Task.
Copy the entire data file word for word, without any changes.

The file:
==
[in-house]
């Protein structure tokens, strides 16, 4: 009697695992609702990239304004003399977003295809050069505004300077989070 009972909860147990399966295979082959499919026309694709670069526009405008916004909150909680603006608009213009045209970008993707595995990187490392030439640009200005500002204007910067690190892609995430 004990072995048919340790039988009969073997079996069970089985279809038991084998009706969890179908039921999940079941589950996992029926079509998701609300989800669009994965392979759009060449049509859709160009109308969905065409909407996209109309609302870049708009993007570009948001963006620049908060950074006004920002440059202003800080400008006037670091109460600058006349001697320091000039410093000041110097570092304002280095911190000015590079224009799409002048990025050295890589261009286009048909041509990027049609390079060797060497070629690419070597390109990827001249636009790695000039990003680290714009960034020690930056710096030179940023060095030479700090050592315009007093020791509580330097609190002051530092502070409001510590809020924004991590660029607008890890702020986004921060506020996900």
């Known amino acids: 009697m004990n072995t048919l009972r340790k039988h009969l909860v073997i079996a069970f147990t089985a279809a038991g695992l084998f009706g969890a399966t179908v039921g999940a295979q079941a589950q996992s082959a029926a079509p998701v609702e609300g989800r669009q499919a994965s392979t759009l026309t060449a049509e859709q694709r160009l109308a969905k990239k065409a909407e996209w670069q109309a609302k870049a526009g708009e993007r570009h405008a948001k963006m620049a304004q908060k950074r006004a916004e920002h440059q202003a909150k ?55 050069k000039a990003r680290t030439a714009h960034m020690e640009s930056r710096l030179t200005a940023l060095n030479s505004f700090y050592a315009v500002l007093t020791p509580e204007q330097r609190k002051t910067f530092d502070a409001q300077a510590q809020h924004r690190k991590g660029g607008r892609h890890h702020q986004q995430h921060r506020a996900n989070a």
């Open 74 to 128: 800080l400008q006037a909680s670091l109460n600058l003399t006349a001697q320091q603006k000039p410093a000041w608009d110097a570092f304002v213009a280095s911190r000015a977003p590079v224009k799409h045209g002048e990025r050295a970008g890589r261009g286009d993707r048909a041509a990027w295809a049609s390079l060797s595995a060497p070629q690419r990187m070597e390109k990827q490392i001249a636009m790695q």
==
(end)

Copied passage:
[in-house]
């Protein structure tokens, strides 16, 4: 009697695992609702990239304004003399977003295809050069505004300077989070 009972909860147990399966295979082959499919026309694709670069526009405008916004909150909680603006608009213009045209970008993707595995990187490392030439640009200005500002204007910067690190892609995430 004990072995048919340790039988009969073997079996069970089985279809038991084998009706969890179908039921999940079941589950996992029926079509998701609300989800669009994965392979759009060449049509859709160009109308969905065409909407996209109309609302870049708009993007570009948001963006620049908060950074006004920002440059202003800080400008006037670091109460600058006349001697320091000039410093000041110097570092304002280095911190000015590079224009799409002048990025050295890589261009286009048909041509990027049609390079060797060497070629690419070597390109990827001249636009790695000039990003680290714009960034020690930056710096030179940023060095030479700090050592315009007093020791509580330097609190002051530092502070409001510590809020924004991590660029607008890890702020986004921060506020996900």
């Known amino acids: 009697m004990n072995t048919l009972r340790k039988h009969l909860v073997i079996a069970f147990t089985a279809a038991g695992l084998f009706g969890a399966t179908v039921g999940a295979q079941a589950q996992s082959a029926a079509p998701v609702e609300g989800r669009q499919a994965s392979t759009l026309t060449a049509e859709q694709r160009l109308a969905k990239k065409a909407e996209w670069q109309a609302k870049a526009g708009e993007r570009h405008a948001k963006m620049a304004q908060k950074r006004a916004e920002h440059q202003a909150k ?55 050069k000039a990003r680290t030439a714009h960034m020690e640009s930056r710096l030179t200005a940023l060095n030479s505004f700090y050592a315009v500002l007093t020791p509580e204007q330097r609190k002051t910067f530092d502070a409001q300077a510590q809020h924004r690190k991590g660029g607008r892609h890890h702020q986004q995430h921060r506020a996900n989070a």
């Open 74 to 128: 800080l400008q006037a909680s670091l109460n600058l003399t006349a001697q320091q603006k000039p410093a000041w608009d110097a570092f304002v213009a280095s911190r000015a977003p590079v224009k799409h045209g002048e990025r050295a970008g890589r261009g286009d993707r048909a041509a990027w295809a049609s390079l060797s595995a060497p070629q690419r990187m070597e390109k990827q490392i001249a636009m790695q």